The lot of 23 candidates from the Dems, Repubs and Greens participated in about a dozen forums leading up to the March 3rd primary. There was no shortage of outsiders, ranging from the populist labor lawyer Tom Geoghegan, who riled up the progressive netroots (whatever the hell that is) to the nutty Econ professor from the University of Chicago, Charlie Wheelan. I can’t think of any one thing that would disqualify someone for elected office more so than teaching in the Chicago Economics School, and luckily the voters agreed with me.

Illinois held a public Green primary for this election, owing to the party having obtained ballot access on the heels of Rich Whitney’s 10% showing state-wide against Blago in 2006.

This means I had to compete against three others in order to secure a spot on the April 7th general election ballot. I staved off my closest competitor in the March 3rd primary by a mere 11 votes, in what was a late night at the campaign victory party at the Hopleaf on Clark and Foster.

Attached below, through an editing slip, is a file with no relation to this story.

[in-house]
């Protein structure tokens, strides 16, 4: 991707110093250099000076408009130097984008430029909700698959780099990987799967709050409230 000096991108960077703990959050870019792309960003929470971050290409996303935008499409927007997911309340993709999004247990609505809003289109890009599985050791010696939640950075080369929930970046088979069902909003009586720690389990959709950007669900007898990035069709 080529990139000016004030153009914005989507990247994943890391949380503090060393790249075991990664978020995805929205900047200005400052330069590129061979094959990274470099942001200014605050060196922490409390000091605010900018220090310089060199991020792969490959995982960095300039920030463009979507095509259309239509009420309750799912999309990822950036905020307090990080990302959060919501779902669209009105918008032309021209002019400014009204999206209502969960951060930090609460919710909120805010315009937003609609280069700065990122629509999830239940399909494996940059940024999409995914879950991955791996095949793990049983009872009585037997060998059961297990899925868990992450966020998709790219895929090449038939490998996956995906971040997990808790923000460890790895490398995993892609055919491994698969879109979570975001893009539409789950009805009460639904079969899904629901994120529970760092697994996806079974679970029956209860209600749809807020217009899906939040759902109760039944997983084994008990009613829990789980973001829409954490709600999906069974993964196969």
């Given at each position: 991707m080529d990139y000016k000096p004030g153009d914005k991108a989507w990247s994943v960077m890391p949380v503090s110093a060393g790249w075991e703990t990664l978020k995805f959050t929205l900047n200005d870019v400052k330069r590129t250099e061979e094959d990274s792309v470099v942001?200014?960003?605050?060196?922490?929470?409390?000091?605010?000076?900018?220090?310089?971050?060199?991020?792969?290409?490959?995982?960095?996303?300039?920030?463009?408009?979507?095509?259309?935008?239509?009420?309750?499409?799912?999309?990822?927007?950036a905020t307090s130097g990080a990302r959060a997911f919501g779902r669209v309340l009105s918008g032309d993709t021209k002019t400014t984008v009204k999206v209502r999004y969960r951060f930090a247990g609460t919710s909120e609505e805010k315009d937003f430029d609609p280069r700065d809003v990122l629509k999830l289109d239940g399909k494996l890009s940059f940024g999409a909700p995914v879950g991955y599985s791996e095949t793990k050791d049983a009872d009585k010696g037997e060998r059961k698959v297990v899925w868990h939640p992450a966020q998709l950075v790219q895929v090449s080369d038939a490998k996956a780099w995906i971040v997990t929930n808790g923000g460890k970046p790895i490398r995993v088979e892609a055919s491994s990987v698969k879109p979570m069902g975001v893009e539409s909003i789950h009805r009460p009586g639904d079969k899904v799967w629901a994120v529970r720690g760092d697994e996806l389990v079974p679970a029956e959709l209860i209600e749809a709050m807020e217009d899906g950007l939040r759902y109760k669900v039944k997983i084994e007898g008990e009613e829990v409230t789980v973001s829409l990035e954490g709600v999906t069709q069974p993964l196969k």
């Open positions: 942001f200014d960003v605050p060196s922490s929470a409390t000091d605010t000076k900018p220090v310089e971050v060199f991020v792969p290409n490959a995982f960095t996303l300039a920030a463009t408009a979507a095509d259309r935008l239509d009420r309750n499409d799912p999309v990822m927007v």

I must admit that the electioneering was fun: traveling around talking to voters, explaining the meaning of “single payer health care,” trying to be witty and charismatic even when I really didn’t feel like it.

“Why are you running, Matt?”

“Because my generation will be the one shouldering this $20 trillion in debt and navigating the world fractured by our imperial foreign policy!”

You see how fun that is?

For all the yack about how “the press” hates the left, I managed to attract an impressive amount of attention despite all of my downside: my staff consisted of two full time volunteers, one of which slept on an inflatable air mattress in the office (also my apartment), I raised a grand total of $4,500 dollars in two election cycles, enough to barely register as existent, and there were plenty of incriminating things I’d written in various online journals and blogs. A little googling of my name would unveil everything from my desire to divorce from the Land of the Free permanently (still remains a long term goal) to various rants against the Green Party, Ralph Nader and the inept nature of the American left in general.